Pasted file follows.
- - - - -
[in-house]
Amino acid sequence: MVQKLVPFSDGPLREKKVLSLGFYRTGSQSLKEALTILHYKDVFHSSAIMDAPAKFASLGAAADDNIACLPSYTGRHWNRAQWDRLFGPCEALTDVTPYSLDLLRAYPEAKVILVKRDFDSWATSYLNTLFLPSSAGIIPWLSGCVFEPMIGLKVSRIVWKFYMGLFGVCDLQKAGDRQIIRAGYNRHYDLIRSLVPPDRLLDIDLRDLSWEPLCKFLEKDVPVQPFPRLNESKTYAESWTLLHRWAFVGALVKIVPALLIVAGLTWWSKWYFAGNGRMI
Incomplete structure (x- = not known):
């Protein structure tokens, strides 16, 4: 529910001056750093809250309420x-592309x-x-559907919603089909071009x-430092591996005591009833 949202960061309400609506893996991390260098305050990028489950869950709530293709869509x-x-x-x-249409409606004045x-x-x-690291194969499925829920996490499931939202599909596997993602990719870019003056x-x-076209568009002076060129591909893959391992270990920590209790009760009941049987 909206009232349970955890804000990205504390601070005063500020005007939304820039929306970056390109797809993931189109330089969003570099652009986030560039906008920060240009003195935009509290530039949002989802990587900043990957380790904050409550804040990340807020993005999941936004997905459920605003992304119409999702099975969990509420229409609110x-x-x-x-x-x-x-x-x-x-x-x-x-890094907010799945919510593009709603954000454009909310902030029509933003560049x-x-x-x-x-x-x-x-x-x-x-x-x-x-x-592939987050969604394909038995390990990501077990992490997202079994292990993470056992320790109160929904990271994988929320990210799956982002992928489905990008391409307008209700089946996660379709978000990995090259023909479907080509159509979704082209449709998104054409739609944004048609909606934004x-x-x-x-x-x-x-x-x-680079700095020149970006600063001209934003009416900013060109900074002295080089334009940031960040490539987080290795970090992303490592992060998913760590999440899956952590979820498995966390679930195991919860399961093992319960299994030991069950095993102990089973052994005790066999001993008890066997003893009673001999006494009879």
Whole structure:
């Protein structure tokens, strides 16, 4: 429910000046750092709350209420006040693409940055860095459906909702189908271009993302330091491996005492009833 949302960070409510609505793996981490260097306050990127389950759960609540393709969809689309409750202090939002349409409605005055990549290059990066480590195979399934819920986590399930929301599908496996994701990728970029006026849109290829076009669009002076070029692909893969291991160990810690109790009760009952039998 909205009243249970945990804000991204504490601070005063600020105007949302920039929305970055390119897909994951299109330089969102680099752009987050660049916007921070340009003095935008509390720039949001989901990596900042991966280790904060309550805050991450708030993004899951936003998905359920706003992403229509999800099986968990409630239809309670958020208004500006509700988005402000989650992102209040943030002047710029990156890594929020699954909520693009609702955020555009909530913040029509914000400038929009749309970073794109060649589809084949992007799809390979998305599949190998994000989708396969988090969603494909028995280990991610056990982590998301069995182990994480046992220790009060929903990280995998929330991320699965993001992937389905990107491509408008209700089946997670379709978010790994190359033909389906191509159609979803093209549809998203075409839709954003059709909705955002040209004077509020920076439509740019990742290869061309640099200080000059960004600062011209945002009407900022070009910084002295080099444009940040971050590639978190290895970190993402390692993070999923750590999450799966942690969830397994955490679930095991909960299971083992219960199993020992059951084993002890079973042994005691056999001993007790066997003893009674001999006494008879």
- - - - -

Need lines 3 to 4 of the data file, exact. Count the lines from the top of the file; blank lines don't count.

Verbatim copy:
Incomplete structure (x- = not known):
């Protein structure tokens, strides 16, 4: 529910001056750093809250309420x-592309x-x-559907919603089909071009x-430092591996005591009833 949202960061309400609506893996991390260098305050990028489950869950709530293709869509x-x-x-x-249409409606004045x-x-x-690291194969499925829920996490499931939202599909596997993602990719870019003056x-x-076209568009002076060129591909893959391992270990920590209790009760009941049987 909206009232349970955890804000990205504390601070005063500020005007939304820039929306970056390109797809993931189109330089969003570099652009986030560039906008920060240009003195935009509290530039949002989802990587900043990957380790904050409550804040990340807020993005999941936004997905459920605003992304119409999702099975969990509420229409609110x-x-x-x-x-x-x-x-x-x-x-x-x-890094907010799945919510593009709603954000454009909310902030029509933003560049x-x-x-x-x-x-x-x-x-x-x-x-x-x-x-592939987050969604394909038995390990990501077990992490997202079994292990993470056992320790109160929904990271994988929320990210799956982002992928489905990008391409307008209700089946996660379709978000990995090259023909479907080509159509979704082209449709998104054409739609944004048609909606934004x-x-x-x-x-x-x-x-x-680079700095020149970006600063001209934003009416900013060109900074002295080089334009940031960040490539987080290795970090992303490592992060998913760590999440899956952590979820498995966390679930195991919860399961093992319960299994030991069950095993102990089973052994005790066999001993008890066997003893009673001999006494009879």